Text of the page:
Shifting the geopolitics of trans studies, travesti theory is a Latinx American body of work with an extensive transregional history. As a particular body politics, travesti identification is not only a sexed, gendered, classed, and racialized form of relation, but a critical mode and an epistemology. Throughout the Américas, trans and travesti studies take a multiplicity of forms: scholarly work that engages identitarian and anti-identitarian analytical frameworks as well as interventions into state practices, cultural production, and strategic activist actions. These multiple critical approaches—both travesti and trans—are regionally inflected by the flows of people, ideas, technologies, and resources that shape the hemisphere, opening up space to explore the productive tensions and expansive possibilities within this body of work.
This special issue of TSQ prompts a conversation between trans and travesti studies scholars working across the Américas to investigate how shifts in cultural practices, aesthetics, geographies, and languages enliven theories of politics, subjectivity, and embodiment. Contributors to this issue offer a hemispheric perspective on trans and travesti issues to the Anglophone academy, expand transgender studies to engage geopolitical connections, and bring interdisciplinary approaches to topics ranging from policy to cultural production. This issue is an unprecedented English-language collection by Latin American and Latinx scholars on trans and travesti issues.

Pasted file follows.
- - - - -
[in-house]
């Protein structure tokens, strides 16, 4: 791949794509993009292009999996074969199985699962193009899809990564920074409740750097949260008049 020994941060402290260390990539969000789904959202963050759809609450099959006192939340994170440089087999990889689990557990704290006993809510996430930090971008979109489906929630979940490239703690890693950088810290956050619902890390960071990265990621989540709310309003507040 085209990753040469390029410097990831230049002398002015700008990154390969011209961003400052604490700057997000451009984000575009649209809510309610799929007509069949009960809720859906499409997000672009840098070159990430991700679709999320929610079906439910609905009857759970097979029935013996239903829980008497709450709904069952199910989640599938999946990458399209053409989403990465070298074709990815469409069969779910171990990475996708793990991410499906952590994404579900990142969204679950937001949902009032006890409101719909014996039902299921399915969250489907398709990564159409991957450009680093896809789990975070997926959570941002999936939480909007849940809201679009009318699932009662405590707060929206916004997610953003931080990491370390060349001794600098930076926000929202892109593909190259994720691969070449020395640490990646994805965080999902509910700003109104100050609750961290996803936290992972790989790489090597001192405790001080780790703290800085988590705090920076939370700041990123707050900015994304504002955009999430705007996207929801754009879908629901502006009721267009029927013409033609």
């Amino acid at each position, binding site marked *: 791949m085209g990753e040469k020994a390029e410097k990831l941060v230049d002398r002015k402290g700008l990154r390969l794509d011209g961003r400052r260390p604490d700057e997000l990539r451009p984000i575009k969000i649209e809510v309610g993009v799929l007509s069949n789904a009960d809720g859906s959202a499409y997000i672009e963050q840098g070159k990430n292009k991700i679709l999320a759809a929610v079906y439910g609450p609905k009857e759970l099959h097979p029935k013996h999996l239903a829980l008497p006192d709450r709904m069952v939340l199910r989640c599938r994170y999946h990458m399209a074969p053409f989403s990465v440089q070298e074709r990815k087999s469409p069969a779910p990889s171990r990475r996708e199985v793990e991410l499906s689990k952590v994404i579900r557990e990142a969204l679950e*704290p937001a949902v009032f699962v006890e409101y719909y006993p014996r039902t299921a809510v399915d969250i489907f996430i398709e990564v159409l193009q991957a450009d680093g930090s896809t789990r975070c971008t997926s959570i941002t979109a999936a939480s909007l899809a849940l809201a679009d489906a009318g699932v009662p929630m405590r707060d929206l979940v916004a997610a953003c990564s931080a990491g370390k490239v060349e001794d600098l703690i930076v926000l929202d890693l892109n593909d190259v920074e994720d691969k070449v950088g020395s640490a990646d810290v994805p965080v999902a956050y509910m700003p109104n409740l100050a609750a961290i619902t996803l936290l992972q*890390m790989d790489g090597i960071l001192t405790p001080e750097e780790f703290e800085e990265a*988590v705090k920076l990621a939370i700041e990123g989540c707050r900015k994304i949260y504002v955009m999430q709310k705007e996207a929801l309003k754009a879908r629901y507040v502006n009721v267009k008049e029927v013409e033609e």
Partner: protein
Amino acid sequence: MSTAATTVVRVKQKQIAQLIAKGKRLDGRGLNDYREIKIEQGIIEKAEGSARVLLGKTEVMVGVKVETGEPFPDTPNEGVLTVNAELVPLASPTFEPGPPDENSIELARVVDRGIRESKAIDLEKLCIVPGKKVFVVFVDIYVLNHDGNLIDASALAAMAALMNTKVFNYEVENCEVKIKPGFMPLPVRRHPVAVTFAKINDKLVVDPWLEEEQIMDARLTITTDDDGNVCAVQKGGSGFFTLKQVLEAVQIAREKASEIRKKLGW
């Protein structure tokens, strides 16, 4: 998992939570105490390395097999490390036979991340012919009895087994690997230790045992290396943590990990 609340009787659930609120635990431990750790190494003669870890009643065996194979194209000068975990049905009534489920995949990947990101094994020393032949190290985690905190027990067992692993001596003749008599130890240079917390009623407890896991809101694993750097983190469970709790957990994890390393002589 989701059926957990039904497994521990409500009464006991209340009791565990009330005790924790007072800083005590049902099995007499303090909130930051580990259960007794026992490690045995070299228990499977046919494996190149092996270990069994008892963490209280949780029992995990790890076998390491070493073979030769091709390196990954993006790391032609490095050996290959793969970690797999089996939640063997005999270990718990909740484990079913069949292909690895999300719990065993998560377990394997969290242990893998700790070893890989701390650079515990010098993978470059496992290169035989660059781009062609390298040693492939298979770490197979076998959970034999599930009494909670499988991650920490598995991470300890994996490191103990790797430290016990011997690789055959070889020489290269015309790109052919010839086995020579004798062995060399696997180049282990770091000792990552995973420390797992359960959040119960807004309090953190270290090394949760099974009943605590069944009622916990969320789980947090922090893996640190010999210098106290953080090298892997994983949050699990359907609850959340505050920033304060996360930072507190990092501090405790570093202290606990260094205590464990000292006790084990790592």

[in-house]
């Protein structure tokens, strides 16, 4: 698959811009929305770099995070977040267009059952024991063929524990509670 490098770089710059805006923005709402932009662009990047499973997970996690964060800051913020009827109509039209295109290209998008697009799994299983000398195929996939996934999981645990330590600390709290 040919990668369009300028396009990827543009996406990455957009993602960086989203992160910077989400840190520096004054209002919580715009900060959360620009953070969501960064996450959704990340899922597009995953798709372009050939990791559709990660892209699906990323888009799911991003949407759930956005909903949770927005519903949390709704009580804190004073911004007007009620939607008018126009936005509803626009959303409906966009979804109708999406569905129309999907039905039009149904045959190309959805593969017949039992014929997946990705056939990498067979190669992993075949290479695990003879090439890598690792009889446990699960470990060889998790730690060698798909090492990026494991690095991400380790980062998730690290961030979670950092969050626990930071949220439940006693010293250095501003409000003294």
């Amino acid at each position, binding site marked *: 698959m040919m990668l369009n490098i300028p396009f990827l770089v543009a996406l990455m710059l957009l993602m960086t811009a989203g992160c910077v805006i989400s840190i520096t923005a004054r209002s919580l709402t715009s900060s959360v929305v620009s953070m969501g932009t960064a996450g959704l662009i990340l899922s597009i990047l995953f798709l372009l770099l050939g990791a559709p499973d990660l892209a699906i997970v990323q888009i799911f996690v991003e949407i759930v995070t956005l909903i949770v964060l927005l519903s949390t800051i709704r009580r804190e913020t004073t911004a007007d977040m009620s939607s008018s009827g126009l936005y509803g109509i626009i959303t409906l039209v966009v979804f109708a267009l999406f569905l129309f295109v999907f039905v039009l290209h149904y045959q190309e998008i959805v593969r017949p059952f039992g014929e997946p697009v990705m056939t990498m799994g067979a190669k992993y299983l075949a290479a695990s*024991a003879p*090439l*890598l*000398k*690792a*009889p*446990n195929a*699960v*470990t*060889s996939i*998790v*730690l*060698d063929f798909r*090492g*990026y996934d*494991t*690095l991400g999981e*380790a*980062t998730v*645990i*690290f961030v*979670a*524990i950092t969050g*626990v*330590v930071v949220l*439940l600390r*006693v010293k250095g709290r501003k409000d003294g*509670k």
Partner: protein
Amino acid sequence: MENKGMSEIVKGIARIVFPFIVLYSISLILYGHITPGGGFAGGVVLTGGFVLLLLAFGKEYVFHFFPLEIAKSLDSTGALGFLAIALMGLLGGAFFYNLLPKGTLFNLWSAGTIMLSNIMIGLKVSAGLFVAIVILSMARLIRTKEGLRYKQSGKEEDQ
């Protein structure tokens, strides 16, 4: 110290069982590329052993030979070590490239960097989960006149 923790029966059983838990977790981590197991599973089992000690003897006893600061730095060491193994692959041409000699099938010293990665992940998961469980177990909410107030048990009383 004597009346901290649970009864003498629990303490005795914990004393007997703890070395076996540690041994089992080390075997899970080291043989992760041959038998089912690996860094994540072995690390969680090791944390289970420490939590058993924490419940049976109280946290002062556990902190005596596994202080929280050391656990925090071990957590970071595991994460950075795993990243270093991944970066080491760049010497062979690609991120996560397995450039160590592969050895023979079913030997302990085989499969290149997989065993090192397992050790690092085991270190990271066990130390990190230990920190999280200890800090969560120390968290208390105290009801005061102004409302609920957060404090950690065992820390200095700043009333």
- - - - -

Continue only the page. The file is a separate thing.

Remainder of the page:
Contributors. Lino Arruda, Daniel Coleman, Cynthia Citlallin Delgado, El Colectivo del Archivo de la Memoria Trans, Juan Carlos Garrido, Claudia Sofía Garriga-López, Bernadine Hernández, Hillary Hiner, Denilson Lopes, Cole Rizki, Juana María Rodríguez, Oli Rodriguez, Malú Machuca Rose, Martín de Mauro Rucovsky, Dora Silva Santana, Susy Shock, Sayak Valencia